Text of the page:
Now, I’ve used that particular service on many an occasion over the past several years; they are not only convenient, they deliver a quality product, and on time (yes, some “assembly” is required). In sum, I’ve used them before and will doubtless use them again.
That said, if you’ve been lured to their Web site by their ads touting a dozen roses for $19.99—well, let’s just say you could be in for a surprise. See, that advertised price doesn’t include a vase (well, not a pretty one, anyway), the delivery charge (which, depending on when you want it delivered, adds another 50%, or more, to the price), not to mention the standard “care & handling” charge of $3 (regardless of when you want it delivered). A guaranteed morning delivery on Valentine’s Day is another $15. Oh, and if you’ve procrastinated until the last week or so, you’ll find an additional $9.99 charge for “guaranteed Valentine’s Day delivery.” In sum, depending on when you get around to ordering those $20 roses, you could easily wind up spending three or four times that amount (but, hey—what’s it worth to you to stay in your sweetheart’s good graces?). And, most of that disclosure doesn’t happen until the screen right before you place your order.1
Of late, I have been talking about 2011 as “the year of disclosure.” It’s the year when I think most plan sponsors will begin really looking at those new 5500 disclosures, perhaps alongside those newly minted 408(b)2 disclosures (or would have until Friday’s announcement from the Labor Department that the deadline was being pushed back six months (see “EBSA Sets New 408(b)(2) Deadline for January 2012”). Additionally, the issue of participant fee disclosure is back on the table, an outcome that will surely heighten the focus of plan sponsors on the issue.
The question, of course, is what will plan sponsors DO in response? For years now, there has been an undercurrent of thought that, once they saw what they were paying (and to whom), plan sponsors would rise up and demand change and/or a change in providers. Advisers would lead this charge, armed with these expanded disclosures, and the federal government would even play a role by not only mandating these disclosures, but providing plan fiduciaries with some “sticks” to spur compliance by reluctant providers (personally, I’d just find some new providers, but…). Indeed, all of this is being brought to bear at the same time, and the prospects for expanded, if not enhanced, disclosures seem bright.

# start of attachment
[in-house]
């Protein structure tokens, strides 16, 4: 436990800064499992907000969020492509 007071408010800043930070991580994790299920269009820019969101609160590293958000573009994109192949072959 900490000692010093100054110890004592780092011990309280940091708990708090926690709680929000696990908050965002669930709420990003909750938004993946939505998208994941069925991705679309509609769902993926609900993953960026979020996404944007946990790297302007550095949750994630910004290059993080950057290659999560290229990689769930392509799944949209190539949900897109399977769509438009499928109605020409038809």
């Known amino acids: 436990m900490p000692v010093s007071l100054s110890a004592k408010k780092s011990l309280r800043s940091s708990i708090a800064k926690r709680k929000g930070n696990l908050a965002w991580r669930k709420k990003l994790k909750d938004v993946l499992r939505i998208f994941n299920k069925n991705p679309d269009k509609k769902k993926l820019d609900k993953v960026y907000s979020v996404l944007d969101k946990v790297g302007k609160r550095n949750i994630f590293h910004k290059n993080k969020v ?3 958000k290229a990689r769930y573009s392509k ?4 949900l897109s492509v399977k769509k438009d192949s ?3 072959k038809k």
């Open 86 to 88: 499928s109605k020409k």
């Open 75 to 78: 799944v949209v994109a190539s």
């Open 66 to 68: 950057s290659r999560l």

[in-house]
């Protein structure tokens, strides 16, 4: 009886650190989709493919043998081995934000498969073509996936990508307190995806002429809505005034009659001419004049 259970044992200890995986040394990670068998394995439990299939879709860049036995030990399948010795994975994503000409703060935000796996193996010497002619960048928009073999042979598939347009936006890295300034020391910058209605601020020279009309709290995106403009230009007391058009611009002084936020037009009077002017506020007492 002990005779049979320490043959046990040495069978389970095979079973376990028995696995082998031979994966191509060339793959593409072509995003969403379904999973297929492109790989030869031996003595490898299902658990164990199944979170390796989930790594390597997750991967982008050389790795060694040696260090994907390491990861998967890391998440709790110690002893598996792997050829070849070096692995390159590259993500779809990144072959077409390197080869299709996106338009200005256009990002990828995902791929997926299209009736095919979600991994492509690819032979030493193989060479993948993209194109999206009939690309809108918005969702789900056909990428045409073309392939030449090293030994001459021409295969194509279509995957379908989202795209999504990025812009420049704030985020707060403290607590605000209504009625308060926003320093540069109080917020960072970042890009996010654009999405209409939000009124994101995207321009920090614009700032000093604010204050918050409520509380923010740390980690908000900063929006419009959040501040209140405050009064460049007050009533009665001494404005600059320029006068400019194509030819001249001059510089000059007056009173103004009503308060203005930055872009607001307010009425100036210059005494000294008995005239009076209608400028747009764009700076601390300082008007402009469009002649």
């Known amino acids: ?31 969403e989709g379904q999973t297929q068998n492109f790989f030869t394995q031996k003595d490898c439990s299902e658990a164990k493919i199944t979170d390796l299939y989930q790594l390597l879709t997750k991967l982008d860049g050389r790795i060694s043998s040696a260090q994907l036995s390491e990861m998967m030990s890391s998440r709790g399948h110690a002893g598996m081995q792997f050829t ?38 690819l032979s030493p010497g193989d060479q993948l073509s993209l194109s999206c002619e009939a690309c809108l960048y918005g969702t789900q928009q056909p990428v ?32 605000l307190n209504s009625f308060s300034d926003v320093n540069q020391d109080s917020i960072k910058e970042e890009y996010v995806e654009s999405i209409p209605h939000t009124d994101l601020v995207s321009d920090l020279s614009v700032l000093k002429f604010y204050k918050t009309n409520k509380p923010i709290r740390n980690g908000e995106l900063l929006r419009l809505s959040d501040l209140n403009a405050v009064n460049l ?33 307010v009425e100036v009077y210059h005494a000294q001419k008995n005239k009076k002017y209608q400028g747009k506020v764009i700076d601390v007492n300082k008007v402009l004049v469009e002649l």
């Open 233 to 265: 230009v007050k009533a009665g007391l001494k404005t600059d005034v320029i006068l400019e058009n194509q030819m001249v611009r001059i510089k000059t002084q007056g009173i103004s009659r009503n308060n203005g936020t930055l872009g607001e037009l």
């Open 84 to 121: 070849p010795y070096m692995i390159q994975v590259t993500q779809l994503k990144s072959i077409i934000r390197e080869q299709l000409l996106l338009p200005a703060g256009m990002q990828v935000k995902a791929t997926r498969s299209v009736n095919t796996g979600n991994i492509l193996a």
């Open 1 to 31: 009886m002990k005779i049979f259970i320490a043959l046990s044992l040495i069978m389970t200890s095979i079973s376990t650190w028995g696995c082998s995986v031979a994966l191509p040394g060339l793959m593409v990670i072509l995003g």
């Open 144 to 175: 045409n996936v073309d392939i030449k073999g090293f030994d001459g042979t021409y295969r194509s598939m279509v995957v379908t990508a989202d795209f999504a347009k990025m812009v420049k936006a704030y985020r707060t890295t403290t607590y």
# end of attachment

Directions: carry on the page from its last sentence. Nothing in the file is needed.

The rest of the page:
Interestingly enough, these disclosures don’t really change the obligations or responsibility of plan fiduciaries to ensure that the fees paid and services rendered to the plan are reasonable. Indeed, most of the burden for disclosure falls on those who provide services to the plan, not the plan sponsor. That said, once the plan sponsor/fiduciary is apprised of such things in black and white (not to mention the Labor Department via the Form 5500), IMHO, it will be a lot harder to profess ignorance of such things.
Ultimately, I think those who provide services to these plans will be more thoughtful about the services they offer and what (and how) they charge for those services, and surely some will decide to no longer offer those services in this market and/or at those prices. Surely it will be easier—at least eventually—for advisers to help plan sponsors make apples-to-apples comparisons of services and costs, to make a more thoughtful—and prudent—determination.
That doesn’t mean that plan sponsors will act on that information. But then, if the process of disclosure has the kind of antiseptic effect we might hope it could have on the business of fees charged, then it’s entirely possible they won’t have to.
1 However startled one might be by the additional service charges on that online flower order, odds are your local florist charges about the same thing for the total package (with fewer options), perhaps without detailing the “extras.”